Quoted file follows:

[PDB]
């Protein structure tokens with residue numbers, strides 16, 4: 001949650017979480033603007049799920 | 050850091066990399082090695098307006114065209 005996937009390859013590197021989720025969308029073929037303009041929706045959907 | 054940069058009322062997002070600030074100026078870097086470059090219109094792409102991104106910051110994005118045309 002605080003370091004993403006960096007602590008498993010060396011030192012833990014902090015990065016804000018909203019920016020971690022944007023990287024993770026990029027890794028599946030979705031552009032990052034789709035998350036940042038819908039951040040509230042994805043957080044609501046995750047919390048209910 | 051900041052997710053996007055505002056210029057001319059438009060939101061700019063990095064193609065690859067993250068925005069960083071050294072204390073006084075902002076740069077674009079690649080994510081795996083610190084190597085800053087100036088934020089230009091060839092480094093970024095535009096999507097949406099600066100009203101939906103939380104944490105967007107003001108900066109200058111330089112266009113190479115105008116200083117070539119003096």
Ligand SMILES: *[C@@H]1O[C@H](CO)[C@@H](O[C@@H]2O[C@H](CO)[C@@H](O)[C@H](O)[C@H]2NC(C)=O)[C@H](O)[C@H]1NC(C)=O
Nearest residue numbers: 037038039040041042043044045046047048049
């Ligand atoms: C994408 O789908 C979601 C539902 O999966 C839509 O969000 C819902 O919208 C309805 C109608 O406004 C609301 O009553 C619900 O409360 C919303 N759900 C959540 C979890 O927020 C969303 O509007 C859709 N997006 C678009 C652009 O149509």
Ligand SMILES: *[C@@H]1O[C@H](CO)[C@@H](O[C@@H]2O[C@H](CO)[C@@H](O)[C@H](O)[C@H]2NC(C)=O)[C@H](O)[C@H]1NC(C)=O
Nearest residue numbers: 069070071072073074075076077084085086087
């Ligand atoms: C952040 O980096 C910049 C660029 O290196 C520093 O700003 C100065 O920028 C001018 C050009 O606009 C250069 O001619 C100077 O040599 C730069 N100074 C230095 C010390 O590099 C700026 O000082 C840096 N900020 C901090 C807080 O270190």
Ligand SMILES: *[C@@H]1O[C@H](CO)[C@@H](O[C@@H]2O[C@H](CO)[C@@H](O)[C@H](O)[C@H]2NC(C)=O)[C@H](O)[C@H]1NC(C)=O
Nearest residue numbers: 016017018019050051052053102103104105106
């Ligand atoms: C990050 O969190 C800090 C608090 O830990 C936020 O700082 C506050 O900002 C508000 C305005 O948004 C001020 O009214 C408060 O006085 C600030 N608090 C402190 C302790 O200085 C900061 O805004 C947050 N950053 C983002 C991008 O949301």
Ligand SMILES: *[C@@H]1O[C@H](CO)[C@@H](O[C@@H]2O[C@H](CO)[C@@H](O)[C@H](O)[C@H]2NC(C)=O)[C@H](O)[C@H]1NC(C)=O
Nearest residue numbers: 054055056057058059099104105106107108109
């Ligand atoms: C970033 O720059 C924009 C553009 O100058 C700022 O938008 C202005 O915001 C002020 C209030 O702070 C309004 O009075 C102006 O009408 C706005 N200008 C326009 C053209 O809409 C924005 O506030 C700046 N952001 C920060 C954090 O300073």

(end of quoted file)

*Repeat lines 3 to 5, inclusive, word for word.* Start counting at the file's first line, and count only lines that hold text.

Ligand SMILES: *[C@@H]1O[C@H](CO)[C@@H](O[C@@H]2O[C@H](CO)[C@@H](O)[C@H](O)[C@H]2NC(C)=O)[C@H](O)[C@H]1NC(C)=O
Nearest residue numbers: 037038039040041042043044045046047048049
């Ligand atoms: C994408 O789908 C979601 C539902 O999966 C839509 O969000 C819902 O919208 C309805 C109608 O406004 C609301 O009553 C619900 O409360 C919303 N759900 C959540 C979890 O927020 C969303 O509007 C859709 N997006 C678009 C652009 O149509």